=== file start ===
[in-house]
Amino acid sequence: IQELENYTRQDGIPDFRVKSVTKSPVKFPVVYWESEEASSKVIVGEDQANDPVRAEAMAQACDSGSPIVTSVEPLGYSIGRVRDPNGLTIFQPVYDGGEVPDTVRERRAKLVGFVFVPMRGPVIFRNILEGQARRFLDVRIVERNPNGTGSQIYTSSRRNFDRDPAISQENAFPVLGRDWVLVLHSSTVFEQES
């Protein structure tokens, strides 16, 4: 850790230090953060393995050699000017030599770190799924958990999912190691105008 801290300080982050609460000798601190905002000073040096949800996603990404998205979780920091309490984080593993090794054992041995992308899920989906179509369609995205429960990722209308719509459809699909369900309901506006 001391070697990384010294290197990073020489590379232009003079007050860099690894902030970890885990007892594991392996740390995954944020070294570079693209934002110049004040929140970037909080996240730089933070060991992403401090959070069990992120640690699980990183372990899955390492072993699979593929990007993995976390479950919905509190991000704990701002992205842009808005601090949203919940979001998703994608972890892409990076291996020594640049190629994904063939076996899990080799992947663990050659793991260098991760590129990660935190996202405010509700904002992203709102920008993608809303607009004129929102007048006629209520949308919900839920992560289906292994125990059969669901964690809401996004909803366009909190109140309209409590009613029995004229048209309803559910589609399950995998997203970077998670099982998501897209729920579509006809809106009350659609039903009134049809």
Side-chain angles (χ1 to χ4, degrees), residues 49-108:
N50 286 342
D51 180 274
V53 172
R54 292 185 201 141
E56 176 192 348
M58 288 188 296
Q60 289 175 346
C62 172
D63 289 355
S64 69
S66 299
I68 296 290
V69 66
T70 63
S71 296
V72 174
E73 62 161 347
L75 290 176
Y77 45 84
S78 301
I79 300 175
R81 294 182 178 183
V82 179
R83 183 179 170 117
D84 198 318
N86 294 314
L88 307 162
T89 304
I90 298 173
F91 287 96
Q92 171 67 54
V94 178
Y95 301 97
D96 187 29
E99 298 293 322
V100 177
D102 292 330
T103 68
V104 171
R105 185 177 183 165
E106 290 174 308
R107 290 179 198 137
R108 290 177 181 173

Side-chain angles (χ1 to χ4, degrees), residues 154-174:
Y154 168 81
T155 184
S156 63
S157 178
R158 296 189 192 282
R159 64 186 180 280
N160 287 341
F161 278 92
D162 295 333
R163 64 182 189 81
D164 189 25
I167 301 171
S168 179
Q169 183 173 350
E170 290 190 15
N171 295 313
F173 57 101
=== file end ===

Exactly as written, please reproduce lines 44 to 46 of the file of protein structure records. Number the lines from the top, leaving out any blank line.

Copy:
R105 185 177 183 165
E106 290 174 308
R107 290 179 198 137